Government 101: How to get, and stay, involved
LAHARPE — An engaged citizenry is necessary for communities to survive in today’s America, Megan Gilliland contends.
“If more people are involved in local government, we’re going to have more trust,” said Gilliland, a communications and education manager for the League of Kansas Municipalities. “We believe cities are able to survive, thrive and grow when residents are engaged and participate in the decision-making process.”
Participation isn’t limited to running for city council, she added. It can come through simple conversations with neighbors, volunteering for civic events or simply attending functions around town.
Gilliland spoke Tuesday to a group of about 20 residents from across Allen and Bourbon counties as part of a “Local Government For Newbies” session.
The two-hour workshop covered the basics of how a city government functions and how residents can be more involved in their communities.
The event was co-sponsored by LKM and Thrive Allen County, courtesy of a Healthy Communities Grant from the Kansas Health Foundation.
It’s the first of three such sessions planned for LaHarpe within the next six months.
If the reception is positive enough — early responses from attendees certainly were — Gilliland hopes to create a template to take to other communities across the state.
She was assisted with Wednesday’s exercise with Davianna Humble, a management intern and masters of public administration graduate student at the University of Kansas, and Damaris Kunkler, director of community engagement at Thrive.
“Citizens, residents, don’t believe the impact they can have on their local community,” Humble said.
GILLILAND started with the basics — the definition of a city, its basic functions and how it’s governed — before delving into more advanced topics, such as open meetings laws, avoiding conflicts of interest and governmental ethics.
She offered factors to consider for those interested in running for public office.
“Why do you want to run?” she asked. “What issues are important to you, your family, your neighborhood? The best government officials run because they care about their community.”
Research your hometown before filing, she suggested. Become knowledgeable about issues facing a community.
Is running for office a good fit for your lifestyle? Do you have time? Can you raise money for a campaign? Is your family on board? Do you have potential conflicts of interest?
“Get to the why,” she said. “It’s so important. … There’s nothing worse than somebody who over-promises and under-commits.”
Gilliland touched on the mechanisms to filing for office — where and when to file, as well as a statement that lists your financial and ownership interests necessary to prevent an elected official from dealing with conflicts of interest.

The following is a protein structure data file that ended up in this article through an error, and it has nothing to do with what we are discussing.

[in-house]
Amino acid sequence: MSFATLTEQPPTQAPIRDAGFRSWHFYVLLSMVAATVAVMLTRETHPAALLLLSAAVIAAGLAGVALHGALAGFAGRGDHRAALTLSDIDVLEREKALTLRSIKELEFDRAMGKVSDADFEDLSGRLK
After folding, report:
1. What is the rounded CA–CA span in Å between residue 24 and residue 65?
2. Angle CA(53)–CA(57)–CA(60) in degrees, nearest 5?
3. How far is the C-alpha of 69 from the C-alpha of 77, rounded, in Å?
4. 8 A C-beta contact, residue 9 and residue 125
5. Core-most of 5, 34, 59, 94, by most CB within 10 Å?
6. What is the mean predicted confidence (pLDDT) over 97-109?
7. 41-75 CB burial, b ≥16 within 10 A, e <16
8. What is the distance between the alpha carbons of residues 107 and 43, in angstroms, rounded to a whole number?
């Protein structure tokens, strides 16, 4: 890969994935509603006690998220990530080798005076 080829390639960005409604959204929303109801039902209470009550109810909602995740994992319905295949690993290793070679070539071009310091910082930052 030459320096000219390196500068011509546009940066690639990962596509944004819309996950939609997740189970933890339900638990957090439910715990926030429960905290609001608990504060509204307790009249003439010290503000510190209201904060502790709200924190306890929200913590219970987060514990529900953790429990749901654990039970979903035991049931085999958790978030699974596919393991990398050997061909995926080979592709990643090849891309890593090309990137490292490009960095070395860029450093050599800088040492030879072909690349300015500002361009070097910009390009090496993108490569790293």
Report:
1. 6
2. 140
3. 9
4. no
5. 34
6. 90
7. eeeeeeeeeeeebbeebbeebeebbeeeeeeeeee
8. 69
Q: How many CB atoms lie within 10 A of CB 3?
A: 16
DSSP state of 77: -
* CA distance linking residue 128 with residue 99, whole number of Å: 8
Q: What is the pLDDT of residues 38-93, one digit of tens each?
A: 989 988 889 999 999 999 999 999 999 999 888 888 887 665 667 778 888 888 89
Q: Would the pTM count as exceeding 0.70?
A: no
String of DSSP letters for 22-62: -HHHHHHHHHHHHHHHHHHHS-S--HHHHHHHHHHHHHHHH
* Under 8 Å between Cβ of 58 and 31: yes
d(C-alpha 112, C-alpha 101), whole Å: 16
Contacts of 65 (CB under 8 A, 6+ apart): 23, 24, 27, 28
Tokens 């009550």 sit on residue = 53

She also offered tips on how to campaign — state your ideas, your concerns and why you’re running.
Most newcomers enter office with only a partial understanding of their roles and responsibilities, she said.
THE EVENING culminated with a budgeting exercise, in which three departments — public works, judiciary and fire/EMS — requesting a combined $3.5 million from a local governing body. The problem, Humble explained, is the city has only $3 million in its coffers.
The attendees split into four factions: one for each department, the fourth for the governing body. Each department had two minutes to present their case as to why their budgets needed to be fully funded.
Public works representatives detailed their need for infrastructure improvements. The judiciary group was intent on piloting a rehabilitation program to reduce jail overcrowding. And the fire/EMS bunch detailed the need for new equipment and competitive wages.
In the end, the governing body, consisting of Humboldt City Administrator Cole Herder, Humboldt Councilwoman Sunny Shreve and Nick Reynolds, a Humboldt Union staffer, agreed to split the pain evenly.
The fire/EMS department had to do with $300,000 less than it requested, public works $200,000 less, and public works $50,000 — a combined $550,000.
Why cut $550,000 when only $500,000 needed to be pared?
To provide a $50,000 reserve fund, Herder responded, drawing an appreciative cheer from Gilliland.
“I like reserves,” she noted.
OTHER TOPICS included the ethics involved in being a public official — representatives must remember they are their on the public’s dime, and must keep the public’s interest at heart, Gilliland said.
Dealing with others is a must, she continued.
“You have to learn how to create consensus, and you have to learn to create a dialogue.”
She offered a few words of advice for anybody considering a bid for public office.
“It’s an exciting, challenging and humbling experience,” Gilliland said. “No other level of government offers the opportunity for more day-to-day contact with the electors, which is usually a blessing, and rarely a curse.”